The Canadian Wind Energy Association (CanWEA) made the recommendation to the Ontario Power Authority (OPA), which has launched a consultation on the province's future supply mix. The government asked the OPA to first look at how conservation and renewables can be used to meet future demand, then at what combination of resources will be needed to make up the difference.
Ontario, Canada's most populous province, is facing serious supply challenges. Peak demand reached a record 26,160 MW this summer, prompting the Independent Electric System Operator (IESO) to issue 12 separate warnings of potential electricity shortfalls and impose 5% voltage reductions twice. Required resources could reach as high as 32,000 MW by 2015. At the same time, the government has committed to shutting down Ontario's 7500 MW of coal generation by 2009.
Ontario already has a renewable energy target of 2700 MW by 2010, most of which is likely to be met by wind, but CanWEA argues the industry can do much more. "Wind can play a significant role in providing clean, reliable energy to Ontarians by replacing a portion of coal power in the short term and contributing significantly in the longer term." In the short term, continues CanWEA, the 2010 target should be increased. Over the long term, wind penetration levels could reach 25%, or 8000 MW, by 2020, and 30%, or 10,000 MW by 2025.
The province has an overall wind power potential of almost 400,000 MW, says CanWEA. About 33,500 MW of that is found within 25 kilometres of transmission lines, including 6150 MW in areas with strong winds over seven metres a second and 27,300 MW with healthy wind speeds of 6.5-7.0 m/s. The energy ministry's own analysis, it adds, has shown that Ontario's transmission and distribution network has enough capacity to take on board more than 5000 MW of new renewables without significant upgrades.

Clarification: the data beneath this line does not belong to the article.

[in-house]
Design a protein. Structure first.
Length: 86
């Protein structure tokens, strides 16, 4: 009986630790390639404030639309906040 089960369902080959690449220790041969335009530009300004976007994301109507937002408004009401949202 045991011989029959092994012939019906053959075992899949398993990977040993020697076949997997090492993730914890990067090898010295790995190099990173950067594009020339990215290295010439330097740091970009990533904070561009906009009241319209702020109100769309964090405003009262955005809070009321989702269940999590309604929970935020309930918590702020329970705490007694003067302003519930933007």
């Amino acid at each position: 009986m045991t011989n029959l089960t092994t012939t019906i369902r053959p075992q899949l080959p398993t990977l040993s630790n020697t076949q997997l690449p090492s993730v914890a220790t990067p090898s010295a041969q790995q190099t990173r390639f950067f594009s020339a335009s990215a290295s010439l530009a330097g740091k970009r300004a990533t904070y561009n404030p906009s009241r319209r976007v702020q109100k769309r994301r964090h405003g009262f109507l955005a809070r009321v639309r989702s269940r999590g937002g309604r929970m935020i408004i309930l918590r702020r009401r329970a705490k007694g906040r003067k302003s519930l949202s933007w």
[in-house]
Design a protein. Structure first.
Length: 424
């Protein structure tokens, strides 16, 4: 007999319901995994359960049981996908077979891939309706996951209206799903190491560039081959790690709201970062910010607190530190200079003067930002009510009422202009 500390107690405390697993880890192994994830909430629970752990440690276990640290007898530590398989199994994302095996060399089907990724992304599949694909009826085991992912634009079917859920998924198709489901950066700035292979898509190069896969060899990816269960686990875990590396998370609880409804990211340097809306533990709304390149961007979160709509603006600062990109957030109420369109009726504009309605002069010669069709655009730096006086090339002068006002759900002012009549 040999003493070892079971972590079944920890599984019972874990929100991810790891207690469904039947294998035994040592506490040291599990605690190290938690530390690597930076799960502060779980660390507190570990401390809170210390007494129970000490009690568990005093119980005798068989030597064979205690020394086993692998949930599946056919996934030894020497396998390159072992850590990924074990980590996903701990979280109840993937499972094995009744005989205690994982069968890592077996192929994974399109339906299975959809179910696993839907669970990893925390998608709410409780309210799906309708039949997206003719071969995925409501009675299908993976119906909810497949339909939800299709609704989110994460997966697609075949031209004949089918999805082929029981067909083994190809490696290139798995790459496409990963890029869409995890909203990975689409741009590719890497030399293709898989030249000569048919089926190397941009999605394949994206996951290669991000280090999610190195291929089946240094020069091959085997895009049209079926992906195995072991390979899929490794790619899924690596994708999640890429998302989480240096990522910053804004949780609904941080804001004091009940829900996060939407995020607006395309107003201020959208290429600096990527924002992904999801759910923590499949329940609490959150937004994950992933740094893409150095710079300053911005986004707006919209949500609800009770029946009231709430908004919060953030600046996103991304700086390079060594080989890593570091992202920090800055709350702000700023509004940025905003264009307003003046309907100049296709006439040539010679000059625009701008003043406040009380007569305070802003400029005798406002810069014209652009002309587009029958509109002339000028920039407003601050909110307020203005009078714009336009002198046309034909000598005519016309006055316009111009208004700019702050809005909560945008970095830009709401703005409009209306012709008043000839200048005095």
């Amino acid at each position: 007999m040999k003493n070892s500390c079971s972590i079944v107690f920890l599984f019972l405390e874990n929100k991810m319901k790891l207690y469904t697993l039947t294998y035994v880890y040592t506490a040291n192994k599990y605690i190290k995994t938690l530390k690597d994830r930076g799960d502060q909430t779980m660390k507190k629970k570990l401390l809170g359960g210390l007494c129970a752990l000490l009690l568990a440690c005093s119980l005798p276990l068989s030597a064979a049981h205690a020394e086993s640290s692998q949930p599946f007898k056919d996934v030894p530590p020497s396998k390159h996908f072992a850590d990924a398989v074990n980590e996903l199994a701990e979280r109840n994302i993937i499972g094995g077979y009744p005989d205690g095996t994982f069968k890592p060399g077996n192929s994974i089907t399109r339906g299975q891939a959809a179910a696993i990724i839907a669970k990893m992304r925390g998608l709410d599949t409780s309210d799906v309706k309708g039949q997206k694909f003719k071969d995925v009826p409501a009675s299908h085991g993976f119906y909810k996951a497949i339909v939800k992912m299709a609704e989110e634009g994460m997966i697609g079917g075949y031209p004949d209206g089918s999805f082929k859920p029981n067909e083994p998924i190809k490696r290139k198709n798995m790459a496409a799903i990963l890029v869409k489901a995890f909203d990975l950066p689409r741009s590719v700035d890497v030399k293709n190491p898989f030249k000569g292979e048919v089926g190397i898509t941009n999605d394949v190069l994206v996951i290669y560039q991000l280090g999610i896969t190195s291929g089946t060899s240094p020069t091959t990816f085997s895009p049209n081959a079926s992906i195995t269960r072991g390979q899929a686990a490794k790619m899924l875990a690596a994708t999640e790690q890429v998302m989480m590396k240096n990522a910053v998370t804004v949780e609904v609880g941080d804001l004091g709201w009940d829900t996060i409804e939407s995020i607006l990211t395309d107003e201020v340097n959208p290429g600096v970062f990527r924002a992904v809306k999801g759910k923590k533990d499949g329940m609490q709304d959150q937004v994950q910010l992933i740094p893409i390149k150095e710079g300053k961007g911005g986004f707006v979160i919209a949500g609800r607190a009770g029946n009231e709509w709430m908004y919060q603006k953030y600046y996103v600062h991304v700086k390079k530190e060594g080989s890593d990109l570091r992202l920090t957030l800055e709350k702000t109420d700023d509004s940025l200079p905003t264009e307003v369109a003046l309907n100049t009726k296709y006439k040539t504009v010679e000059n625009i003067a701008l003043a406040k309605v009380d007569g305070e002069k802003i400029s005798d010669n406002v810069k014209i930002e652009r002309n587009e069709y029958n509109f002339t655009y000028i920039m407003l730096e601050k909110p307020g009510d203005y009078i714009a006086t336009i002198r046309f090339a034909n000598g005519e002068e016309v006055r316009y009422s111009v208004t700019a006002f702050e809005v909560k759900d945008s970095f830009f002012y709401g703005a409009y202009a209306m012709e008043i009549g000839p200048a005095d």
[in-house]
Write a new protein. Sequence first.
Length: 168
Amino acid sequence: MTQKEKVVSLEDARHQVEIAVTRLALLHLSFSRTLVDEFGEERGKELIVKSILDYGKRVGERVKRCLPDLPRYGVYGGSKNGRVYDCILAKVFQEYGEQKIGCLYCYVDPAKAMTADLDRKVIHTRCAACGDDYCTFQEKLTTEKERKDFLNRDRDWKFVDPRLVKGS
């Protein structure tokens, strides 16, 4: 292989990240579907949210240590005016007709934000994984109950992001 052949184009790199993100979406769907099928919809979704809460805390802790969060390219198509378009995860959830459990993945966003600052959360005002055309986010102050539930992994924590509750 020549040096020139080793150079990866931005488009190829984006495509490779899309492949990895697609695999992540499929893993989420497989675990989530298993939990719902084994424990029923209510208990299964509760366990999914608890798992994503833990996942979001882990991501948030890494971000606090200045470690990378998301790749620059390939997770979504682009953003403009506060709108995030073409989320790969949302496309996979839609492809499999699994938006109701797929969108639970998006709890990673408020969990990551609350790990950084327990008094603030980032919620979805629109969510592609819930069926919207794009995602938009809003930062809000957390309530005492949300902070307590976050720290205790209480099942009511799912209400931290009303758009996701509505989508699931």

CanWEA's submission to the OPA consultation exercise estimates the cost of wind in Ontario at C$0.08-C$0.085/kWh for a typical 100 MW project, competitive today with an estimated cost of C$0.06-$0.09/kWh for gas fired electricity and "almost certainly advantageous in the long term, where wind costs are projected to decline and gas costs will very likely rise."
Wind in Ontario has other "interesting characteristics" that could contribute to meeting system needs, CanWEA adds, although more research is needed to understand what value wind power brings. The resource is well distributed in southern Ontario, where demand is highest and where wind may contribute to reducing the reactive power needs created by the coal shutdown. In addition, a recent study conducted for CanWEA, the IESO, and Hydro One, which owns Ontario's transmission and distribution system, estimated wind's winter capacity value at 47%. "Even if access to additional summer peaking resources is needed, wind power's very significant contribution to meeting the winter peak must be recognised," says CanWEA.